Transport for London (TfL) has published new data showing that long-term trends in who cycles have changed, with participation much more representative of Londoners in 2020/21 than previous years.
Londoners from Black, Asian and minority ethnic communities were not significantly less likely to have cycled over the past 12 months than white Londoners. 27 per cent as a whole had cycled over the past 12 months, compared to 24 per cent of Black people, 25 per cent of Asian people and 31 per cent of people from mixed backgrounds. This data comes from independent research for TfL based on a representative sample of 3,500 Londoners.
Life during the coronavirus pandemic boosted cycling levels overall, from 21 per cent of Londoners in 2019/20 to 27 per cent in 2020/21 but also widened participation, particularly among people from minority ethnic communities.
The research also found that half of Black and Asian non-cyclists (49 per cent and 46 per cent respectively) are open to starting to cycle, though significant barriers to encouraging more people to cycle remain. Across all backgrounds, there were major concerns around safety on the road and cycle theft, with 82 per cent of non-cyclists worried about road safety and collisions. Personal safety was a bigger concern for women, Asian and mixed ethnicity Londoners, with 73 per cent of women citing it as a concern.
The research found that that protected cycle routes on busy streets, less traffic on minor streets, and more secure cycle parking could help address barriers to cycling faced by people from diverse backgrounds.
The research also found particular concerns from disabled Londoners who want to cycle more, including lack of fitness and a lack of relevant role models. 42 per cent of disabled non-cyclists said they didn’t see anybody like them cycling, while 75 per cent had concerns that they weren’t fit enough.
UK’s first City Academy hubs for youngsters
TfL and British Cycling recently brought together key cycling, diversity and equalities stakeholders for a summit to identify what actions need to be taken to diversify cycling. The results of these discussions are being used to shape a new joint approach to including more people in cycling London that can be delivered by a wide range of organisations, funders, campaigners, authorities and community groups.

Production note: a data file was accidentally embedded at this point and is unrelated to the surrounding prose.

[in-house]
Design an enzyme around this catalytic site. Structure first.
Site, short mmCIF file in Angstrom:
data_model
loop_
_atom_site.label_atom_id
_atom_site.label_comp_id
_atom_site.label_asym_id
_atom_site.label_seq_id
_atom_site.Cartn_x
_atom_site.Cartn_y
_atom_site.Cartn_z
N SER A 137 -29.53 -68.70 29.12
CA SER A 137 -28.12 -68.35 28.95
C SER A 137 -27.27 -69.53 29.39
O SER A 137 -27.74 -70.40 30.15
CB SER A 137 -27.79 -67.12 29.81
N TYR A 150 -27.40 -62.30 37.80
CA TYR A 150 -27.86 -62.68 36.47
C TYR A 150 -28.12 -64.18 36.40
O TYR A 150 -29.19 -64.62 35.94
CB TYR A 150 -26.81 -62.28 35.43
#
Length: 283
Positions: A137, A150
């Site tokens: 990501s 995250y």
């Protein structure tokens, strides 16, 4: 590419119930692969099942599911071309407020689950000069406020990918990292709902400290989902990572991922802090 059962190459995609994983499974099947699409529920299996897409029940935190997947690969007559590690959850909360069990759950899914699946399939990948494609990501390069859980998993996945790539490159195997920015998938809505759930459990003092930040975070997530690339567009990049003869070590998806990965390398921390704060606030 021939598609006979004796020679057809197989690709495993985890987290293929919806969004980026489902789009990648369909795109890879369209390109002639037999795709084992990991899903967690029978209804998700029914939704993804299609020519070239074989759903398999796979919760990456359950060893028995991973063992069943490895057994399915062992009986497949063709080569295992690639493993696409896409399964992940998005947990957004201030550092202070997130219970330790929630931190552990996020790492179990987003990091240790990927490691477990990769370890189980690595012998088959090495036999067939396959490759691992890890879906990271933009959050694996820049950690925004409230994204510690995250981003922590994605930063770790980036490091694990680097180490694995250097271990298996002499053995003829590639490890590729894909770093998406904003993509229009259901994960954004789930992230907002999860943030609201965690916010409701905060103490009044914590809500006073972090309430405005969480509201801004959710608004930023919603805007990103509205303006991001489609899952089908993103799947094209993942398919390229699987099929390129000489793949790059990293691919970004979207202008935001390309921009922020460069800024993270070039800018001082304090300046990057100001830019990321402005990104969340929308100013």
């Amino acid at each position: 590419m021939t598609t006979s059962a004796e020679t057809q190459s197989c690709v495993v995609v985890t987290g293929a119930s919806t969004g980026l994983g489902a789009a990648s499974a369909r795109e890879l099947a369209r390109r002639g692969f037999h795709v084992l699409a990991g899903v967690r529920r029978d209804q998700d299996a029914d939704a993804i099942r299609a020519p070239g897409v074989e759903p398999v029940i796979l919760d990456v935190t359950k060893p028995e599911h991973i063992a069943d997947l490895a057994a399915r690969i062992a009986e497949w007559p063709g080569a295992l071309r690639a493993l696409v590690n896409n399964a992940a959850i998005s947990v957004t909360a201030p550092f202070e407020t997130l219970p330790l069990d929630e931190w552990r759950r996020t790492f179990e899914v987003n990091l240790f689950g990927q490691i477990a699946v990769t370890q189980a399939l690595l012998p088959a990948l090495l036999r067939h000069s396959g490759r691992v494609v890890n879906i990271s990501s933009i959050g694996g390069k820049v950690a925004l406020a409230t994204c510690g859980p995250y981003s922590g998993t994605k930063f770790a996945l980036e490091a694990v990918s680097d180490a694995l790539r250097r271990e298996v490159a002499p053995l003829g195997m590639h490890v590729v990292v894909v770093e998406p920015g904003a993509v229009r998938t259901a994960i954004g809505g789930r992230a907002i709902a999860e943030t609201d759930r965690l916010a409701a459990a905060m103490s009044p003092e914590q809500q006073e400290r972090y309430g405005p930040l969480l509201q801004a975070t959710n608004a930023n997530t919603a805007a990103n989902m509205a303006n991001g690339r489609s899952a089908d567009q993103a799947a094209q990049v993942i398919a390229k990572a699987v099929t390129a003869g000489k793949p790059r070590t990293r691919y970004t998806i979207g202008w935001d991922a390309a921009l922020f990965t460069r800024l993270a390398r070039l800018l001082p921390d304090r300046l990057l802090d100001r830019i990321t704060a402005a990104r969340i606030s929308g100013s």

At the UK level 17 per cent of cyclists come from diverse ethnic communities yet are represented in just 5 per cent of British Cycling’s membership. To help widen this demographic, British Cycling is using TfL’s data to identify areas in London with the most potential for enabling and encouraging diversity in cycling.
Based on this data, Hackney and Newham were identified as boroughs with significant potential and have since been selected as home to the UK’s first City Academy hubs, a new initiative delivered by British Cycling and supported by the Rapha Foundation to improve diversity in cycling for young people.
Launching this autumn, City Academy hubs across the capital, will each have a coach from the local community, who will lead fun, skills-based sessions, and act as role models for other riders.
These activity sessions which will be aimed at young people aged 10-14 years will take place in local open spaces, such as parks and commons, to increase the visibility of cycling. The programme also seeks to support progression into professional cycling, with an ambition to improve diversity in competitive cycling events through City Academy clubs and talent centres.
The Mayor of London, Sadiq Khan, said: “It’s really encouraging to see that many more Black, Asian and minority ethnic Londoners are now cycling, and that 20 percent of non-cyclists also looking to take it up. But we are not complacent – the report shows concerns from groups including disabled Londoners that are preventing them from cycling, and we will continue to work with communities to break down these barriers and help ensure everyone feels confident to travel around the city by bike.”